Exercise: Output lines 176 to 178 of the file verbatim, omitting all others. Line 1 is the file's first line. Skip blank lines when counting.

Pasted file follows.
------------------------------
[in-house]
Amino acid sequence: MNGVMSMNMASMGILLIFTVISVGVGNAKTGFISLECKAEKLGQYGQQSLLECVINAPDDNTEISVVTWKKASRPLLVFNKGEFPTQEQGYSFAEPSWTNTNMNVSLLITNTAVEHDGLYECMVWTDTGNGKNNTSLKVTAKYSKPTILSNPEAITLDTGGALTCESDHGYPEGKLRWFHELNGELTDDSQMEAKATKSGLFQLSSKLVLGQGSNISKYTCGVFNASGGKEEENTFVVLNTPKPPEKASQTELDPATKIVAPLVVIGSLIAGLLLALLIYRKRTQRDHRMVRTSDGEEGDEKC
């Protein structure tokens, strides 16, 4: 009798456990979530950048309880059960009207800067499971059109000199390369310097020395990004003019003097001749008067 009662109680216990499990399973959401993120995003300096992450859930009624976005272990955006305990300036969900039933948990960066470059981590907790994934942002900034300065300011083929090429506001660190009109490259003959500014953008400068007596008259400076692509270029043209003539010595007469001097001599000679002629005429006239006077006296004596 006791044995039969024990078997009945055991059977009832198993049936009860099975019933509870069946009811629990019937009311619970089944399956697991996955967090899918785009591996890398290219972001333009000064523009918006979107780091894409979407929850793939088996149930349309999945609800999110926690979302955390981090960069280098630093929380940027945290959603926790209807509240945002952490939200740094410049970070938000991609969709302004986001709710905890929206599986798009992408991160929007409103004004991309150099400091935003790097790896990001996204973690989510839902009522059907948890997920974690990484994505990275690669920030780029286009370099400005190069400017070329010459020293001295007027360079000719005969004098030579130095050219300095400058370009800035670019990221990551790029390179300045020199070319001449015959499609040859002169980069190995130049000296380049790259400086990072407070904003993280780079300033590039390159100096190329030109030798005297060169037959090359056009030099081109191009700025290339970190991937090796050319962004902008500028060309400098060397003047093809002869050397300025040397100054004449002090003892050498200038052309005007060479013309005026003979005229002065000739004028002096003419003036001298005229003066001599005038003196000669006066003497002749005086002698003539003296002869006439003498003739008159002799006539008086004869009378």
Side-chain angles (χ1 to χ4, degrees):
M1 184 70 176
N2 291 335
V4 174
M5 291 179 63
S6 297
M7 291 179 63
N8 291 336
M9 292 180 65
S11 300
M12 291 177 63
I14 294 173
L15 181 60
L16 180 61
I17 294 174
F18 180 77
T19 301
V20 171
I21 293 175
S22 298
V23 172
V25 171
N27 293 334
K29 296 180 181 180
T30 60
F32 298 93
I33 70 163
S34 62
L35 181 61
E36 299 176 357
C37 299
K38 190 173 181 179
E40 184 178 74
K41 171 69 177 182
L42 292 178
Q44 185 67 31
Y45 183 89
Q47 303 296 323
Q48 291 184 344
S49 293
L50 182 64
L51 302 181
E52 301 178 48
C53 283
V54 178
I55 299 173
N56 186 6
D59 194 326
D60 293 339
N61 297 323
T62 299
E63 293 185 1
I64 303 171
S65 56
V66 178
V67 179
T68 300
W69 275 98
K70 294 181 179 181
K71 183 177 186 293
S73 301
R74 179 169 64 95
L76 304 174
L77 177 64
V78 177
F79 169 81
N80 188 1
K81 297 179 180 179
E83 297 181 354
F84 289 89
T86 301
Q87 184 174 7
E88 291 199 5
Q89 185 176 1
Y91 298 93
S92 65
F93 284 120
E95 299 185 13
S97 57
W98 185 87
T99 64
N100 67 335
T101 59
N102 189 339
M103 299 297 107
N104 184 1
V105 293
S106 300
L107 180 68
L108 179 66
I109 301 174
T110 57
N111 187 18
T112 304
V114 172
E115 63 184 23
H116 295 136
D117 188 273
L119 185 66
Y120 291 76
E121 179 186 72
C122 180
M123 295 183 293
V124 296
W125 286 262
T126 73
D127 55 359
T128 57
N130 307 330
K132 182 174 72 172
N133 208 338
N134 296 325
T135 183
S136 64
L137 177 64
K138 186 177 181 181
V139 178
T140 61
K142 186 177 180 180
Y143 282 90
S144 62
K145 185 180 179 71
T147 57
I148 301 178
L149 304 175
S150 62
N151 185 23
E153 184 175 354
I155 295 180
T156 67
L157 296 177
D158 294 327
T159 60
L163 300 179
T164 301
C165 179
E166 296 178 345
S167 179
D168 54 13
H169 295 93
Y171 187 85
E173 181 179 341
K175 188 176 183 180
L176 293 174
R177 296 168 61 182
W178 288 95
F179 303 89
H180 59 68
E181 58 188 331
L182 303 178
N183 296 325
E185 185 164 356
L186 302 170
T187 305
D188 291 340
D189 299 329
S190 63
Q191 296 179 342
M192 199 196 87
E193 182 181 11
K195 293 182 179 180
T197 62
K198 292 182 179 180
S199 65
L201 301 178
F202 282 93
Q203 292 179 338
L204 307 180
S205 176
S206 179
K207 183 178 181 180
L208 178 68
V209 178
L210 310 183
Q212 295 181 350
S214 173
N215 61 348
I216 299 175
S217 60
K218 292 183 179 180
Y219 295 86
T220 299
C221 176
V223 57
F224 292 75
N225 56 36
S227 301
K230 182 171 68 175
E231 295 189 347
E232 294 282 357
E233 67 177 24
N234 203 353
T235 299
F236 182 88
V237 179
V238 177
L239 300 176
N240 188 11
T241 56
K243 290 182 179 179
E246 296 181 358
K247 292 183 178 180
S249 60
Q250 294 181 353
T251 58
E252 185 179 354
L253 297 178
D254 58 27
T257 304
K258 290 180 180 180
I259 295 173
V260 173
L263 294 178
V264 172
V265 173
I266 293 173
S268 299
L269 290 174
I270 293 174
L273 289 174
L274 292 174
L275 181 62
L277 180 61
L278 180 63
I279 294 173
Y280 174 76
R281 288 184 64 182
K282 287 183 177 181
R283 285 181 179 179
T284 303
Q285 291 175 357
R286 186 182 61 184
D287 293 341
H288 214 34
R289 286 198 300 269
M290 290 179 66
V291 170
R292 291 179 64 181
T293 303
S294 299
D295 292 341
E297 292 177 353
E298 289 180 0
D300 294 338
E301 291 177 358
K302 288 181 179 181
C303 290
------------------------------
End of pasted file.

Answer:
V209 178
L210 310 183
Q212 295 181 350